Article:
Researchers have found that fecal microbiota transplants from healthy donors may be safe and show potential in improving response rates to immunotherapy in patients with advanced melanoma, according to a phase I study published by Routy et al in Nature Medicine.
While immunotherapy agents—designed to stimulate the immune system to attack and destroy cancer cells—can significantly improve survival outcomes in patients with melanoma, they are only effective in 40% to 50% of cases. Preliminary research has suggested that the human microbiome may play a role in treatment response.
“In this study, we aimed to improve patients’ responses to immunotherapy by [boosting] the health of their microbiome through fecal [microbiota] transplants,” explained co–study author John Lenehan, MD, Associate Professor of Oncology at the Western University Schulich School of Medicine & Dentistry as well as a medical oncologist at the London Regional Cancer Program and an associate scientist at the Lawson Health Research Institute at the London Health Sciences Centre.
A fecal microbiota transplant involves collecting stool from a healthy donor, screening and preparing it in a lab, and transplanting it to the patient. The goal of the procedure is to encourage healthy bacteria to proliferate in the patient’s gut.
“The connection between the microbiome, the immune system, and cancer treatment is a growing field in science,” highlighted senior study author Saman Maleki Vareki, MSc, PhD, Assistant Professor of Oncology, Pathology and Laboratory Medicine, and Medical Biophysics at the Western University Schulich School of Medicine & Dentistry as well as a scientist at the London Regional Cancer Program at the London Health Sciences Centre. “This study aimed to harness microbes to improve outcomes for patients with melanoma,” he added.
Study Methods and Results
In the new phase I trial, the researchers administered about 40 oral fecal microbiota transplant capsules during a single session 1 week prior to the initiation of immunotherapy to 20 patients with melanoma.
The researchers found that combining the fecal microbiota transplants with immunotherapy was potentially safe for the patients who participated in the study. They also discovered that 65% of the patients who retained the donors’ fecal microbiota had clinical responses to the combination treatment. However, 5 of them experienced adverse events sometimes associated with immunotherapy and had their treatment discontinued.
“We have reached a plateau in treating melanoma with immunotherapy, but the microbiome has the potential to be a paradigm shift,” emphasized lead study author Bertrand Routy, MD, PhD, Associate Clinical Professor of Hematology-Oncology in the Department of Medicine at the Université de Montréal and Director of the Laboratory of Immunotherapy/Oncomicrobiome at the Centre Hospitalier de l’Université de Montréal. “This study puts Canada at the forefront of microbiome research by showing we can safely improve patients’ response to immunotherapy through fecal transplants,” he proposed.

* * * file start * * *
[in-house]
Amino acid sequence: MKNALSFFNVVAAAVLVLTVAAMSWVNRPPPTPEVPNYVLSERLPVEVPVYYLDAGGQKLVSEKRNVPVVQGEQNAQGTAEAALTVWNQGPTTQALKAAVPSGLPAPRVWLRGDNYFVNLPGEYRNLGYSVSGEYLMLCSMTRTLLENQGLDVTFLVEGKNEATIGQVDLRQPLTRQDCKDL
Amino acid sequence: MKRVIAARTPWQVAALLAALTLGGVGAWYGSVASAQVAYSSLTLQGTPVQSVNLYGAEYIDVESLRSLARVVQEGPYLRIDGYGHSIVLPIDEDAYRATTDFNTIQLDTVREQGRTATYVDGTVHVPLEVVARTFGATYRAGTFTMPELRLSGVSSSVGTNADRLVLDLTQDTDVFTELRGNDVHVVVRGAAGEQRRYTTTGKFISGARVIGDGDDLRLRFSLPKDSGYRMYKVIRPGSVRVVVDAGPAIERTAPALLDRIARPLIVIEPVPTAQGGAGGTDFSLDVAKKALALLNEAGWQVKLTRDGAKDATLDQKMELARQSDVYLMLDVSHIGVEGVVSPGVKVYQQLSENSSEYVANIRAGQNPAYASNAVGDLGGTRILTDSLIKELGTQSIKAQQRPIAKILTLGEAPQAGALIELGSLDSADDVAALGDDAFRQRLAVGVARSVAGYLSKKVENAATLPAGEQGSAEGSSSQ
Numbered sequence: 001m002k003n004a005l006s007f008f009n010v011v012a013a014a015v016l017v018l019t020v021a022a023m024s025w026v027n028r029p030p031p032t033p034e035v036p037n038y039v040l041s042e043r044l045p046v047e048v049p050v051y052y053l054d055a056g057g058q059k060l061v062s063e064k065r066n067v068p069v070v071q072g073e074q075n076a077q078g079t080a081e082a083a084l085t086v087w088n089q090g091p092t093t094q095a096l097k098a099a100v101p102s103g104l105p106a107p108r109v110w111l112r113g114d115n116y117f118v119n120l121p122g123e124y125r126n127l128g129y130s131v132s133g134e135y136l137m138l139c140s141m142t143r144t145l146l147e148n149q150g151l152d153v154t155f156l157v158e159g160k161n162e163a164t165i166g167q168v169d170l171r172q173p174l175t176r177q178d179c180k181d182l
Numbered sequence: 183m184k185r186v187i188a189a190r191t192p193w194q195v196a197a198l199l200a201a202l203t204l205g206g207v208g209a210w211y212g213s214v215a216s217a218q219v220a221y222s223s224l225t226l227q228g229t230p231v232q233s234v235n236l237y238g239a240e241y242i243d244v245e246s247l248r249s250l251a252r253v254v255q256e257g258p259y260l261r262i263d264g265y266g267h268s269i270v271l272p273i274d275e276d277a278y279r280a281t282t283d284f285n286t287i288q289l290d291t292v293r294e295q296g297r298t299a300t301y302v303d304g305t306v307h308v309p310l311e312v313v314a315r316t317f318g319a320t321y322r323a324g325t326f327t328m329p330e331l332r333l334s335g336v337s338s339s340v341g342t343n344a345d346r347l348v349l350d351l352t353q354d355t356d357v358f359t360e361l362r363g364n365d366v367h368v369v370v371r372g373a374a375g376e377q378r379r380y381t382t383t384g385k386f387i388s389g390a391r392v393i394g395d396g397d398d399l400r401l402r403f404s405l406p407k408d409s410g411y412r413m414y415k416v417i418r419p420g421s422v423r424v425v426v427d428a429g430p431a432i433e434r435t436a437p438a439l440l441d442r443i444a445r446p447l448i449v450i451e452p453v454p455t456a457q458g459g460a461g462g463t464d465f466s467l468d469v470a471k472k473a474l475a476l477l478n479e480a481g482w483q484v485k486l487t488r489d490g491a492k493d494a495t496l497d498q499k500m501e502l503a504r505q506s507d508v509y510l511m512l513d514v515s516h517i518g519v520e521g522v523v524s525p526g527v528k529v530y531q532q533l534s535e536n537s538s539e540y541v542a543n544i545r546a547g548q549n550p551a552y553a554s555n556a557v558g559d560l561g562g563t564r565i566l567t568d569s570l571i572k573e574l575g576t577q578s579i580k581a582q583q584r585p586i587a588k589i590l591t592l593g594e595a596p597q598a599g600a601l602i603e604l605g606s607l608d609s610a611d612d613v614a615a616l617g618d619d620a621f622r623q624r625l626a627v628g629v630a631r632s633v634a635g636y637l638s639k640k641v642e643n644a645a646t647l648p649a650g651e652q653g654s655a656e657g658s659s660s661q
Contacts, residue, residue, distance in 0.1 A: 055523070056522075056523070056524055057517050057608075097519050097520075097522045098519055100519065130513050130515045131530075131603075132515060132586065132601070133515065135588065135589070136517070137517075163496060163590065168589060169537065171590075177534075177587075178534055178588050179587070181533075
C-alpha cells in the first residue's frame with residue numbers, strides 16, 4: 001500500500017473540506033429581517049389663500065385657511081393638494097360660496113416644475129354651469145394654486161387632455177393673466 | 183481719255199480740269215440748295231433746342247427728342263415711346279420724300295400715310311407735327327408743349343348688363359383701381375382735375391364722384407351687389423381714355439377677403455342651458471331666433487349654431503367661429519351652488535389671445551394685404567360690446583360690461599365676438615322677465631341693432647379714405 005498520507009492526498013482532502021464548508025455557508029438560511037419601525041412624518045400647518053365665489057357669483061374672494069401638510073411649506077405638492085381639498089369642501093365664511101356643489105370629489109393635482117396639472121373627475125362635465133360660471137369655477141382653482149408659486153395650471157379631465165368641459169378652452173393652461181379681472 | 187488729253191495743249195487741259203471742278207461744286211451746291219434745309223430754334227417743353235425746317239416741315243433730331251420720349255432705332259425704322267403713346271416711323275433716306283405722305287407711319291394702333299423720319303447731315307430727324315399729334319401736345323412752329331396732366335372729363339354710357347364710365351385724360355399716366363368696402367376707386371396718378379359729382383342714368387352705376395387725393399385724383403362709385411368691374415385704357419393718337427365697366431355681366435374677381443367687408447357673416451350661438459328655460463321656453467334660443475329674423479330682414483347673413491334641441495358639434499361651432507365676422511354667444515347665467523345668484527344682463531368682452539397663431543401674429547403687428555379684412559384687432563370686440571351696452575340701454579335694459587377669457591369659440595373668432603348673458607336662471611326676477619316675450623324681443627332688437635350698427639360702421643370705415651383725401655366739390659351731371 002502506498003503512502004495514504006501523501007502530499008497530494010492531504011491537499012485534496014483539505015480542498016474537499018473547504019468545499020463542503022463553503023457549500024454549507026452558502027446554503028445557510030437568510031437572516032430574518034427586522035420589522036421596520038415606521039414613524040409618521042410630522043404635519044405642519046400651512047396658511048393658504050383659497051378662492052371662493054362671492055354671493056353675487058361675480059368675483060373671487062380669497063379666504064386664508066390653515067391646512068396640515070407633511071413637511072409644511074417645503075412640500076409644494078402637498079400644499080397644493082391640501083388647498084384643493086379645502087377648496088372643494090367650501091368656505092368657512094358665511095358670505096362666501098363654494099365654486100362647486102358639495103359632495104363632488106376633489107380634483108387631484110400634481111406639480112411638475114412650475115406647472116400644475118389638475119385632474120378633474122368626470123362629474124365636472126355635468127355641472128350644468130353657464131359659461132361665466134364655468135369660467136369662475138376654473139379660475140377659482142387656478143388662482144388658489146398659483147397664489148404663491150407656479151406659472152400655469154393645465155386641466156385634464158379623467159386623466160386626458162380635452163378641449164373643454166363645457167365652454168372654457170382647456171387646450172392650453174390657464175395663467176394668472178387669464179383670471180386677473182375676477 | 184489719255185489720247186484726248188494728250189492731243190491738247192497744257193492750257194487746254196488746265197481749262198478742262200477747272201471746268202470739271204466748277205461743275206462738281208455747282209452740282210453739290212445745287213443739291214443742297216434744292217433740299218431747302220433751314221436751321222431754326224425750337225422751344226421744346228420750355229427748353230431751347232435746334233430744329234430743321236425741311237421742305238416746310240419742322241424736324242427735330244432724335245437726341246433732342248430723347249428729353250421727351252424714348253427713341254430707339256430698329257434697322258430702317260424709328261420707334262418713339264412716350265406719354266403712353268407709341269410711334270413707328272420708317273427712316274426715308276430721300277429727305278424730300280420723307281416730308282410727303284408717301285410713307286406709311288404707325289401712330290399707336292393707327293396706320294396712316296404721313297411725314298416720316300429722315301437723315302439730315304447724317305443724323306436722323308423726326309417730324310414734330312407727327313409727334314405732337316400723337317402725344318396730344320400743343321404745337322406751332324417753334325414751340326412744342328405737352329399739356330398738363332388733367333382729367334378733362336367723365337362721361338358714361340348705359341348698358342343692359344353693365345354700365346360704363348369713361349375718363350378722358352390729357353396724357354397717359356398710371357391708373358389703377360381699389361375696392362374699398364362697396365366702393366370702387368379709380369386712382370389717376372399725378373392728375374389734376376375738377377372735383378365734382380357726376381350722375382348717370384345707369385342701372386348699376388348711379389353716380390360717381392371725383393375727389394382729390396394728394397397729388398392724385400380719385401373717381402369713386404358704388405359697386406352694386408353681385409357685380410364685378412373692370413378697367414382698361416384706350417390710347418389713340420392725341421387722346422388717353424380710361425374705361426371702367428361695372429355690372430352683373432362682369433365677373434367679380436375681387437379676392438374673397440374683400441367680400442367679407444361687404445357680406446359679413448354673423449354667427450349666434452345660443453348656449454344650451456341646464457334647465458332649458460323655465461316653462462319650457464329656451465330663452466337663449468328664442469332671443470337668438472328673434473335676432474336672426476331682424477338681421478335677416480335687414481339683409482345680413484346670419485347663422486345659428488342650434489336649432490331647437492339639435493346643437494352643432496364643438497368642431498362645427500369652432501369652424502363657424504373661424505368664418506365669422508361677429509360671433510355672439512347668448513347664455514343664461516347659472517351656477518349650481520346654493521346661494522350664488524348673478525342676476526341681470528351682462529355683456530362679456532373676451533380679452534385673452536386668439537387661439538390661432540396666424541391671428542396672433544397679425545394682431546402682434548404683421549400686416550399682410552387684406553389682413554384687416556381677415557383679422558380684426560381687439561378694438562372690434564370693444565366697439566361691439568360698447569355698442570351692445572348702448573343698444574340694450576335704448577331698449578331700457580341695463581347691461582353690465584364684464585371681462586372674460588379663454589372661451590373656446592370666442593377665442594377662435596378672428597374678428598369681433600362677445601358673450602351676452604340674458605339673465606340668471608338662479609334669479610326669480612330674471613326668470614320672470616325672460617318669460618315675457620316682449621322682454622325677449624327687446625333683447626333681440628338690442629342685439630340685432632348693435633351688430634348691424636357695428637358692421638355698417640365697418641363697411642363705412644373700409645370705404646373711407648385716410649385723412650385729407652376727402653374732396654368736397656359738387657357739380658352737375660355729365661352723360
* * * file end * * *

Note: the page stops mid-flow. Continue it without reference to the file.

“These exciting results add to a rapidly growing list of publications suggesting that targeting the microbiome may provide a major advance in the use of immunotherapy for our patients with cancer,” underscored co–study author Wilson H. Miller Jr, MD, PhD, the James McGill Professor of Oncology and Medicine as well as Director of Developmental Therapeutics at McGill University and Associate Director of Clinical Research at the Lady Davis Institute for Medical Research at the Jewish General Hospital.
“Our group has been doing fecal [microbiota] transplants for 20 years, initially finding success treating Clostridioides difficile infections. This has enabled us to refine our methods and provide an exceptionally high rate of the donor microbes surviving in the recipient’s gut with just a single dose,” noted Michael Silverman, MD, FRCP, FACP, AAHIVMed, Chair of the Division of Infectious Diseases at the Western University Schulich School of Medicine & Dentistry, Chief of Infectious Diseases at St. Joseph’s Health Care London, and an associate scientist at the Lawson Health Research Institute at the London Health Sciences Centre. “Our data suggests at least some of the success we are seeing in patients [with melanoma] is related to the efficacy of the capsules," he indicated.
The researchers are currently conducting a larger phase II trial involving medical centers in Ontario and Quebec, and are also analyzing the potential of fecal microbiota transplants in the treatment of other cancer types—including renal cell carcinoma, pancreatic cancer, and lung cancer—as well as in patients with the human immunodeficiency virus and rheumatoid arthritis.
Disclosure: The research in this study was supported in part through donor funding from the London Health Sciences Foundation, Western University, the Lotte and John Hecht Memorial Foundation, the Jewish General Hospital Foundation, the Canadian Cancer Society’s Impact Grant program, and The Terry Fox Foundation. For full disclosures of the study authors, visit nature.com.The content in this post has not been reviewed by the American Society of Clinical Oncology, Inc. (ASCO®) and does not necessarily reflect the ideas and opinions of ASCO®.